Whitecaps

Commentary and information about public safety and security, intelligence and counterintelligence, open government and secrecy, and other issues in northern Idaho and eastern Washington.

Name:
Location: Coeur d'Alene, Idaho, United States

Raised in Palouse, WA. Graduated from Washington State University. US Army (Counterintelligence). US Secret Service (Technical Security Division) in Fantasyland-on-the-Potomac and Los Angeles. Now living in north Idaho.


Friday, June 30, 2006

What Happened in Worley?

Air conditioners, old gaming machines, and light fixtures are not regulated explosive materials, so they can probably be ruled out as the cause of the incident that killed two employees at the Coeur d'Alene Tribal Casino north of Worley yesterday. However, articles today in The Spokesman-Review and the Coeur d'Alene Press variously suggested "fireworks," "electronic detonators," and a propane tank may have been stored in the container. Quite properly, none of the investigative agencies will speculate on the cause and origin of the fatal fire, preferring to wait until their investigations have been completed to report substantiated findings.

Kootenai County Sheriff's spokesflak Ben Wolfinger reportedly said it wasn't yet known if fireworks were being stored in the container. That's inaccurate. Someone knew, because if explosives were being stored in the container, someone put them there. The real question is whether the two deceased victims and all other employees whose duties caused them to open and enter any of the containers knew. It would have been grossly irresponsible at best and criminally negligent at worst for the Coeur d'Alene Tribe and the Casino to have stored explosive materials in the containers without providing safety training and education for employees whose duties required them to be in or near the containers. In other words, the Tribe had a duty to inform employees if explosive materials were stored in the containers, and it had a duty to provide proper safety and handling training for employees who might have been exposed to the materials during the performance of their duties.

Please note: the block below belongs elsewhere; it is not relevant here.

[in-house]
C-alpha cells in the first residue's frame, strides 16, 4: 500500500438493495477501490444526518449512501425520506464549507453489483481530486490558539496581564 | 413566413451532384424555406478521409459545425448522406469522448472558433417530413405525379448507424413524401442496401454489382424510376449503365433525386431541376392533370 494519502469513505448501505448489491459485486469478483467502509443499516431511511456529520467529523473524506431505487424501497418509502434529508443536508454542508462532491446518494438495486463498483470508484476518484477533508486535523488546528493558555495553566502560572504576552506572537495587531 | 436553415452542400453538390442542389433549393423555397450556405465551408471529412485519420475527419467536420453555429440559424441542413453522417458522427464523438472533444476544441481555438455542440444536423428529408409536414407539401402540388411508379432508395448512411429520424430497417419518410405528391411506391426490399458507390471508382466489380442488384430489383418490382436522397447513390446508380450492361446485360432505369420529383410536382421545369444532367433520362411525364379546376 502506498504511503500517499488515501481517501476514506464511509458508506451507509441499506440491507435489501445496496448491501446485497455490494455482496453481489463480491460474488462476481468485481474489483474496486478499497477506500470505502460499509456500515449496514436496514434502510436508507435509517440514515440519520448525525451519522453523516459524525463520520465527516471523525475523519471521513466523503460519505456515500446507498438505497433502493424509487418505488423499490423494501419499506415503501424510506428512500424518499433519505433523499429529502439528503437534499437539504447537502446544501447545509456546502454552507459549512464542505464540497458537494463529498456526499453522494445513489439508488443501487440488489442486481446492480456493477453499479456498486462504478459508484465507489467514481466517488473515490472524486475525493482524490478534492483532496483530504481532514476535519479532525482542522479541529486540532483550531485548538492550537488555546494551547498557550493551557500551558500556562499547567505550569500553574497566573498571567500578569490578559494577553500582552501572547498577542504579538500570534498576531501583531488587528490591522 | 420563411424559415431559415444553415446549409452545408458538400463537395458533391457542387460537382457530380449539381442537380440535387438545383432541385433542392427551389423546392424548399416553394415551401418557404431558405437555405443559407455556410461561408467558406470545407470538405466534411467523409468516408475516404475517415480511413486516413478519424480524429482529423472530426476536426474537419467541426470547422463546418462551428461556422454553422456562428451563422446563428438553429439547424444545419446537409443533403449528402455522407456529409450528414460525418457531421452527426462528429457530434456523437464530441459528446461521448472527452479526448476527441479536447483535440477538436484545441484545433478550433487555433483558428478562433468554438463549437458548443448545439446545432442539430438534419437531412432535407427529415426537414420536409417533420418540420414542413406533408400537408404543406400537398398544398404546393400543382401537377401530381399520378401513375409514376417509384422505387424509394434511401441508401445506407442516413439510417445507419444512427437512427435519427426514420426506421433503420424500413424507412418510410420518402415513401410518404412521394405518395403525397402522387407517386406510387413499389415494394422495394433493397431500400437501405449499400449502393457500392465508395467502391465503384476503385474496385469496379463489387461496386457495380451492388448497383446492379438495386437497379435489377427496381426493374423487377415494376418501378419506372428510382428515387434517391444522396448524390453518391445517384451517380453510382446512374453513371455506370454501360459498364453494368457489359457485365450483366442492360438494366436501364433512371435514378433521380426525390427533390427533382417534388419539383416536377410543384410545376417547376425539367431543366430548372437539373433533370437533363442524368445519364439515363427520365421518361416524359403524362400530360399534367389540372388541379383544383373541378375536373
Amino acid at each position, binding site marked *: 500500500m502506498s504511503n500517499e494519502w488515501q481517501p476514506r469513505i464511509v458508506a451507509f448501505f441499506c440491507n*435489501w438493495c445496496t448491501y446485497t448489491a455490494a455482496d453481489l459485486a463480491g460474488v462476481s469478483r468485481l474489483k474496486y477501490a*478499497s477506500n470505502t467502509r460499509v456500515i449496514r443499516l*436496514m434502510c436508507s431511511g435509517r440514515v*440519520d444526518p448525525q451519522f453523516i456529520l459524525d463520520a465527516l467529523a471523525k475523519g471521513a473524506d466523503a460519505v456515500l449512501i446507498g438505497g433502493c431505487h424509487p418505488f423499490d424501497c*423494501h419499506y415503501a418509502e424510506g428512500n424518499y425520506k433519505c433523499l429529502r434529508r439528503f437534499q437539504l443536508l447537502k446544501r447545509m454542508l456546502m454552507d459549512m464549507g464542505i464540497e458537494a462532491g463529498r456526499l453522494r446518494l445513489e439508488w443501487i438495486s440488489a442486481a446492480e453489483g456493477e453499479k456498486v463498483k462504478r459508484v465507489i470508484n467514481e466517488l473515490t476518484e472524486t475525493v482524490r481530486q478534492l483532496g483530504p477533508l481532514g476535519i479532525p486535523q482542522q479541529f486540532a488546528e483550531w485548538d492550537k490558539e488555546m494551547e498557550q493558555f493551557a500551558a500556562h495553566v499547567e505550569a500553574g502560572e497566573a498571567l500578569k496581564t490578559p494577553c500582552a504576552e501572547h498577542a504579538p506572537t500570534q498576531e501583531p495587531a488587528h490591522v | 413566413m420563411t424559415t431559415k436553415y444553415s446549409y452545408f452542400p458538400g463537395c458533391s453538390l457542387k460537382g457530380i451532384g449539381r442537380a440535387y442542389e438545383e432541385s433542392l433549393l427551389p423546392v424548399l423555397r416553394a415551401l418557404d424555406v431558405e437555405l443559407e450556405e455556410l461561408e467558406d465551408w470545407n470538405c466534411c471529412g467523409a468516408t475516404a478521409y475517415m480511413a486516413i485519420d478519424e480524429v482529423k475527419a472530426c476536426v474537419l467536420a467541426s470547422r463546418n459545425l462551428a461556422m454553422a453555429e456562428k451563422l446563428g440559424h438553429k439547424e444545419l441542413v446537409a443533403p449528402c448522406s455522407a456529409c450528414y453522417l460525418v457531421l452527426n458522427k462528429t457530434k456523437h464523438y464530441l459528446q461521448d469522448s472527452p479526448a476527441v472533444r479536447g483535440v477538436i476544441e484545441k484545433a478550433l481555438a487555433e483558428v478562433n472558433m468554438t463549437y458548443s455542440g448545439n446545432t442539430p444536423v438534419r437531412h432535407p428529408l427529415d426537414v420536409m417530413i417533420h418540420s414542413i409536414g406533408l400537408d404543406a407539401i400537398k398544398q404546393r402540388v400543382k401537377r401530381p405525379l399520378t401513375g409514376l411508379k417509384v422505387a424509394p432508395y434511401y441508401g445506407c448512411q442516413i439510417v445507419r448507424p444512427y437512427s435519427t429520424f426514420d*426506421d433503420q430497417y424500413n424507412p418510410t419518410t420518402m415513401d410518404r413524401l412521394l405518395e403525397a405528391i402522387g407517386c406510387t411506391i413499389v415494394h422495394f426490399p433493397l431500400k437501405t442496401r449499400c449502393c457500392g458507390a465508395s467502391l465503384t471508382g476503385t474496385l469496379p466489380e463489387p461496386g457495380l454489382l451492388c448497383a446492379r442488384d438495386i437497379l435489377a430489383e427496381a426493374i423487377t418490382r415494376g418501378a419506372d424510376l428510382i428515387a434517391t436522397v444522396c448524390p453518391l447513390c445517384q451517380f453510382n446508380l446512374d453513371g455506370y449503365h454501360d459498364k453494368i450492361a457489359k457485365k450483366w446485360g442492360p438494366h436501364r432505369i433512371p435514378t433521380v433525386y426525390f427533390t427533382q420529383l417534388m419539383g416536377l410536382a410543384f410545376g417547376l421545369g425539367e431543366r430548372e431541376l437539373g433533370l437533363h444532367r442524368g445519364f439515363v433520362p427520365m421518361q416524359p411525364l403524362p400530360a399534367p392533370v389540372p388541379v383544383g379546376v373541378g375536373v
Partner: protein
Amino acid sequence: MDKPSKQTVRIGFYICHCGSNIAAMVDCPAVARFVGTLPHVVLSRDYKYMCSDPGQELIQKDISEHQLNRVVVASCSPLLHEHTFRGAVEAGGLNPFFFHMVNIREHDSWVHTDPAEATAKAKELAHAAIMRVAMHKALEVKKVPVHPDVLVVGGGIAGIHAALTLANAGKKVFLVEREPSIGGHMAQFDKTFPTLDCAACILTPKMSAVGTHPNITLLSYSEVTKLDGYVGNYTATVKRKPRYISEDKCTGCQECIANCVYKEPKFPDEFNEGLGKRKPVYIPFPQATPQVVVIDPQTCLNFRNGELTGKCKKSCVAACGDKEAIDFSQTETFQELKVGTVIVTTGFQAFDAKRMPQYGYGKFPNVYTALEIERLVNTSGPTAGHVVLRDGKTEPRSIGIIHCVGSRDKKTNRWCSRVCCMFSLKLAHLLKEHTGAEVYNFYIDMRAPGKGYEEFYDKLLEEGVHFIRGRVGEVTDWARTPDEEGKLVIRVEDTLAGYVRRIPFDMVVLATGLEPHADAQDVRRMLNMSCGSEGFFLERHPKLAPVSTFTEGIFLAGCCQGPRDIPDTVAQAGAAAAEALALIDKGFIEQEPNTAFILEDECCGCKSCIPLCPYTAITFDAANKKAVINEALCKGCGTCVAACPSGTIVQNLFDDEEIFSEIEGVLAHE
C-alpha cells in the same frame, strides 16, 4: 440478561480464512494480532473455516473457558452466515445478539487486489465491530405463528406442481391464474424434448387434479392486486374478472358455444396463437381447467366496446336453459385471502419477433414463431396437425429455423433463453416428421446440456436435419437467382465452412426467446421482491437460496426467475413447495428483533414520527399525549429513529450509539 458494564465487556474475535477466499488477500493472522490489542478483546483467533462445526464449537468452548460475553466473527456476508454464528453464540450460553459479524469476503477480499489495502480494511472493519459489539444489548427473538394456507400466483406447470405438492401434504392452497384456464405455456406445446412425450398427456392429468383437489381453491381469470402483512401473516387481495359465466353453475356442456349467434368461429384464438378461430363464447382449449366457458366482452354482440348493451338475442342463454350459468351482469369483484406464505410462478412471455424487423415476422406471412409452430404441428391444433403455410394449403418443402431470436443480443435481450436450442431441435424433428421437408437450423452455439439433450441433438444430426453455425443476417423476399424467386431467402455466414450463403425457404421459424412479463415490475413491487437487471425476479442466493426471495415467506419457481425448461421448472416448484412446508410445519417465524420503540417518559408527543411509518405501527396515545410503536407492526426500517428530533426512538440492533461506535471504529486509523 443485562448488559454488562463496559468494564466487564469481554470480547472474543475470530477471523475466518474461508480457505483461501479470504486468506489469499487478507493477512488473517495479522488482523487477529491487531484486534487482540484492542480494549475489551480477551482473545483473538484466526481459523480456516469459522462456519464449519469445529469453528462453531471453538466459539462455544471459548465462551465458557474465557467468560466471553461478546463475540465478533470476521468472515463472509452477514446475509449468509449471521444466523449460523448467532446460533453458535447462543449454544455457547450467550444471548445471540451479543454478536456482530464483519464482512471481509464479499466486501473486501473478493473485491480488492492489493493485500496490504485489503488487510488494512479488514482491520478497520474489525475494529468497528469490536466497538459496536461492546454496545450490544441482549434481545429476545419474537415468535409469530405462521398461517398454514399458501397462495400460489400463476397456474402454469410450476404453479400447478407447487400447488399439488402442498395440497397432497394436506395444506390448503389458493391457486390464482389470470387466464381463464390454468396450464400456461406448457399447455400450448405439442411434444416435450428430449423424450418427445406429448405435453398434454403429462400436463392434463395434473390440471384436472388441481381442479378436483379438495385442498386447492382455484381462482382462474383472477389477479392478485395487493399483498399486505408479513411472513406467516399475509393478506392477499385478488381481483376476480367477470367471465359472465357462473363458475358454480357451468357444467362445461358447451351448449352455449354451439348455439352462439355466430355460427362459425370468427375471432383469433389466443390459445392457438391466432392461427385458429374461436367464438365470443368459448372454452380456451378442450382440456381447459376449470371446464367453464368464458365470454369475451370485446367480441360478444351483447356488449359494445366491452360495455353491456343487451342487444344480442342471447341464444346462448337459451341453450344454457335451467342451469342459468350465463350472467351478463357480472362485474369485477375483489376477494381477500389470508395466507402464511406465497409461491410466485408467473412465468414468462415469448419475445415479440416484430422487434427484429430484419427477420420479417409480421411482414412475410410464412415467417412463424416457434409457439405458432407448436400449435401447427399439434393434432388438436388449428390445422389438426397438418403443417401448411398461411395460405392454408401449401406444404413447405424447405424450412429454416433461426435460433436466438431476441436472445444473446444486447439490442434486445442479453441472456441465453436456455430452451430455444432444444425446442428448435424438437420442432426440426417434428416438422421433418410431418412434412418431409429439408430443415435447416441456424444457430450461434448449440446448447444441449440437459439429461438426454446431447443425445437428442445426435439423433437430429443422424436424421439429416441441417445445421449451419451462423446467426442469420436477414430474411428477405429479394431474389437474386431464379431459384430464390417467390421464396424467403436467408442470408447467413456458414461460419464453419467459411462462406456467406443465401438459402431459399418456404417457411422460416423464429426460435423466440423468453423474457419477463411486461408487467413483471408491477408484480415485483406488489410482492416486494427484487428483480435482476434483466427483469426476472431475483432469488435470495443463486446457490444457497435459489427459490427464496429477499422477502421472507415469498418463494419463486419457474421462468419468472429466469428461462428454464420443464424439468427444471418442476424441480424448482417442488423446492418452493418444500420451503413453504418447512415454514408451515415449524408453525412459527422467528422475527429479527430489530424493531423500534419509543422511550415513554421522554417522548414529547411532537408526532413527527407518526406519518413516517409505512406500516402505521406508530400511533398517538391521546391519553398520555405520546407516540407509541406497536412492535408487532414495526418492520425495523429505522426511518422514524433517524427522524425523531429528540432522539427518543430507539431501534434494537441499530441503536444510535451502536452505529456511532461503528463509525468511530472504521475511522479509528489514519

One year ago today, June 30, 2005, I posted Harmless Fireworks or Lethal Explosives? That post explained "fireworks" are regulated explosive materials. Any explosive materials, including "fireworks" should be handled only by qualified, trained explosive handlers or pyrotechnicians. As Spokesman-Review staff writer Jody Lawrence-Turner noted today in her article headlined Fireworks mishaps altered lives, things go wrong even for qualified, trained professional pyros.

We need to know exactly what happened in Worley.

5 Comments:

Anonymous David Newberger said...

Right Now word is coming out that there were fragments of fireworks found in the debris

8:16 AM, July 01, 2006  
Blogger Bill McCrory said...

David,

Thank you. Yes, I read that in both The Spokesman-Review and the Coeur d'Alene Press this morning. Frankly, after seeing the aerial photos on KREM-2 News Thursday night, there was little doubt in my mind.

8:19 AM, July 01, 2006  
Anonymous David Newberger said...

After hearing about the contents of the conex box and hearing from people first hand about it I also knew it was fireworks.

Sitting in Minnesota and writing about Idaho is an odd feeling. I was talking with 3 people while it was happening and I was able to blog it all as it was happening.

Knew it was fireworks about 15 mins after it happened.

Knew, 2 people had died about one hour after it happened.

Knew, the names of the decesed about an hour and fifteen munutes after it happened.

All of this was going on and the ability to get first hand information was great.

It was also scary because the people I was getting my information from was not an official tribal source.

But the information was legit and it was broke on the rez times as it was happening.

7:20 AM, July 02, 2006  
Anonymous Anonymous said...

How about OSHA violations? And the Tribe cancelled its annual fireworks demonstration. Heck, they were all blown up in the tragic explosion.

10:41 PM, July 16, 2006  
Blogger Bill McCrory said...

anonymous,

Good point about OSHA. I presume that like the BATF, Fed-OSHA would have some authority to investigate since the incident involved non-tribal members. However, even if an investigation finds the explosive materials were unsafely stored or were being improperly handled, I don't know what sanctions could be applied to the tribe. The information I've received is that one of the men who died considered himself to be a pyrotechnician. However none of the obituaries I've read indicated he or the other victim had trained and apprenticed with career, experienced pyros. The point is, I can call myself a pyro if I want to, but that would not relieve an employer from checking my credentials and verifying my currency and proficiency in pyrotechnics before giving me responsibility for handling them safely. I would also like to trace the provenance of the explosive material all the way back to its point of manufacture. Bluntly, I sincerely hope the Coeur d'Alene Tribe had acquired legally manufactured or lawfully imported material manufactured to US standards.

6:54 AM, July 17, 2006  

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